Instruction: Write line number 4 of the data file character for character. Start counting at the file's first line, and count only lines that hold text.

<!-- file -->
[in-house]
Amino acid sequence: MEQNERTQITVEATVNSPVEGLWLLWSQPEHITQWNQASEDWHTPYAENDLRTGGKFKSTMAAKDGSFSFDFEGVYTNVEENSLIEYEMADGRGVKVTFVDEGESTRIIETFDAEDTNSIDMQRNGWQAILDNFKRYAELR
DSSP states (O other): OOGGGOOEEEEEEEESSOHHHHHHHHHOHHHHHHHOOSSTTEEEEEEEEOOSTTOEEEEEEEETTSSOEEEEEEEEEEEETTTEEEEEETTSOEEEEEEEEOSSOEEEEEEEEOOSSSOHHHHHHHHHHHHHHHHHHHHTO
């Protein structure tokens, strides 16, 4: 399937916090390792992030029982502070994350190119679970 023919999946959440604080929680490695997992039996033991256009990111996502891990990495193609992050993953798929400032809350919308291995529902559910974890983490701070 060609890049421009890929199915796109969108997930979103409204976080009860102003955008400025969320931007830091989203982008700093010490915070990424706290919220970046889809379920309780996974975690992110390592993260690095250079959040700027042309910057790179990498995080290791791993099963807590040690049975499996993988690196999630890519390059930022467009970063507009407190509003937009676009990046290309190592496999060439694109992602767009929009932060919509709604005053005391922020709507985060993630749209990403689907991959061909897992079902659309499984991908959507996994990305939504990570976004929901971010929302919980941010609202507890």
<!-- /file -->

């Protein structure tokens, strides 16, 4: 399937916090390792992030029982502070994350190119679970 023919999946959440604080929680490695997992039996033991256009990111996502891990990495193609992050993953798929400032809350919308291995529902559910974890983490701070 060609890049421009890929199915796109969108997930979103409204976080009860102003955008400025969320931007830091989203982008700093010490915070990424706290919220970046889809379920309780996974975690992110390592993260690095250079959040700027042309910057790179990498995080290791791993099963807590040690049975499996993988690196999630890519390059930022467009970063507009407190509003937009676009990046290309190592496999060439694109992602767009929009932060919509709604005053005391922020709507985060993630749209990403689907991959061909897992079902659309499984991908959507996994990305939504990570976004929901971010929302919980941010609202507890």